Thinking about buying a '97 Rangie

Toasty

Expedition Leader
#1
These things don't seem to be getting much love, i found one that really deserves a second chance. Are they worth fixing up to resell? I rehab Mitsu 4x4's typically and some Landcruisers but lately I've been looking at Landys and a few other bastards of offroad goodness to broaden my horizons. I know with my Monteros there are a few nobody wants.

A neighbor has a complete truck in running driving condition with 130k, is that a lot of miles for a Landrover? It's a pretty nice truck but i can't get why he hates it, it's probably just that he's an idiot and it's little problems are a huge inconvenience.

What should i look for as far as problems? Things to test? Options i would want?
 
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#2
Fixing one up if done right (IE factory) can net money. They are being sold more and more as classics and for classic prices.

130k is pretty good for one of those. Have seen them get to 250k+ frequently.

Problems wise lots of possibilities, just find an independent LR shop or even a dealer to do an inspection to tell you what to look for. The reason your neighbor may hate his is living with one of those is several small issues that constantly stack on one another to make things worse and worse, and even a well maintained one has an issue or two.
 
#3
Aah the P38..it has always been the unloved child of the RR generations. I like them though. To me they are a good balance of having enough creature comforts and at the same time having that classic lines. I am in my second one. The first one I had was a Holland and Holland and in the three years I owned it only the alternator went out..otherwise it worked perfectly fine. I owned it from 125K mikes to 140K miles. I was daft idiot to sell it because I had trouble keeping two cars in the city.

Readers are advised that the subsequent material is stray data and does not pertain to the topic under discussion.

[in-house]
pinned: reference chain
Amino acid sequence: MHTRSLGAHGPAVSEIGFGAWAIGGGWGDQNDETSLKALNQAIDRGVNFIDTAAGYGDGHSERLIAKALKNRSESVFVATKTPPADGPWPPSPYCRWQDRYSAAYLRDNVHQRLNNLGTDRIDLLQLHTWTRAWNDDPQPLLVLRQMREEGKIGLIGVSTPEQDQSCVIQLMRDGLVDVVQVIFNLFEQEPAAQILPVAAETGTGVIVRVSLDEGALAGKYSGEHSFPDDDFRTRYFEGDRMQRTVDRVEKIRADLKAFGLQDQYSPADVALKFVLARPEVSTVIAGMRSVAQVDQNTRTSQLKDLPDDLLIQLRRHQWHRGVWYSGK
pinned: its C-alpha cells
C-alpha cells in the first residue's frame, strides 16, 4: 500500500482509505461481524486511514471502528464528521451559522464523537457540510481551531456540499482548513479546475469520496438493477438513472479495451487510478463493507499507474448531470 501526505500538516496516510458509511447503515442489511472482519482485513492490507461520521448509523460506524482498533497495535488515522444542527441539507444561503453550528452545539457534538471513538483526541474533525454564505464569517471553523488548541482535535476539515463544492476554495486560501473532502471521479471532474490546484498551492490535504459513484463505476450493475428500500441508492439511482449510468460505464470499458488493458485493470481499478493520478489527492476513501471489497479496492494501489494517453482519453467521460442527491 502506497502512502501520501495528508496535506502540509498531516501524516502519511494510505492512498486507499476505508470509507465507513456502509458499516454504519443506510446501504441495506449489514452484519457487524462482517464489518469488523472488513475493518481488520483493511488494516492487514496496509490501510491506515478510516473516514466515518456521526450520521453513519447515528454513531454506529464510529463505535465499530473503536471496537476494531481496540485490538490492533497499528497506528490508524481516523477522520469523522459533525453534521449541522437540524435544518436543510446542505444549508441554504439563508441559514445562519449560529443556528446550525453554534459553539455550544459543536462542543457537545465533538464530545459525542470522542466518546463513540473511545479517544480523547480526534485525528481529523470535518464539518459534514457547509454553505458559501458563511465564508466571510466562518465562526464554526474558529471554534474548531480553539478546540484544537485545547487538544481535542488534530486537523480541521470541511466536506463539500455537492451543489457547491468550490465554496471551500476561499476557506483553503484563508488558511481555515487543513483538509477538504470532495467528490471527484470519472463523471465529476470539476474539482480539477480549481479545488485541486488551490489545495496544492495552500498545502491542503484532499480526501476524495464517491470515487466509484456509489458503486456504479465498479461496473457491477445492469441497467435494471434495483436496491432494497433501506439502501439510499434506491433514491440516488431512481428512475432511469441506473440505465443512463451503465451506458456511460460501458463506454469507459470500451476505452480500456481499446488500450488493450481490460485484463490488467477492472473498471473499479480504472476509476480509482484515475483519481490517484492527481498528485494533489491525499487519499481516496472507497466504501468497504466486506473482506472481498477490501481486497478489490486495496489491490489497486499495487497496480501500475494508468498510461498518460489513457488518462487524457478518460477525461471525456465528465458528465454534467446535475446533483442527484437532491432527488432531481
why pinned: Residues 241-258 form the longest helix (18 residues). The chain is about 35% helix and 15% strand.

I bought another one within a year of selling the H&H because I missed it. This is the one I currently have. It's a 2001 30th Anniversary edition. It hasn't been as trouble free as the H&H. I got it at 115K miles and I have about 138K miles on the odo now. Issues I have faced are

- the air suspension system went bad so I switched it to coilovers
- the radiator was leaking so I bought a new one
- the LCD readouts inside the cabin have started fading out
- small electrical niggles like mirrors dip down but don't come back to the same position, the clock can't be set etc.

All in all my second one took me a bit of money to get dialled in right but now it's a great DD and I'd have to sell it.

All in all I would say that they are really nice trucks but they can get cost pohibitive if you are not wrenching your self. Most importantly check for issues in the cooling system and if there are signs of head gasket slippage.

Good luck!!

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Toasty

Expedition Leader
#4
Thanks for the replies!
Head gasket seepage, I'll watch for that and the air ride suspension (I hate air ride) I'll go dig into it a bit and do the usual driving tests to see if it heats up or does any weird stuff. It seems to be too nice of a truck for the money which is why i'm even hesitant. I usually buy just about any $1000 4x4 and go to town on it but i haven't ventured out of Japanese vehicles yet either. I've always been taught if something seems too good to be true it probably is, on the other hand there was a time when i could buy very nice Monteros for almost no money.

I see i can get OME springs so that solves the air ride issue, and i don't think a purest LR guy would mind quality aftermarket or is the air ride a beloved thing with these? I use genuine parts except suspension, things i make myself or quality aftermarket when OEM parts have been discontinued.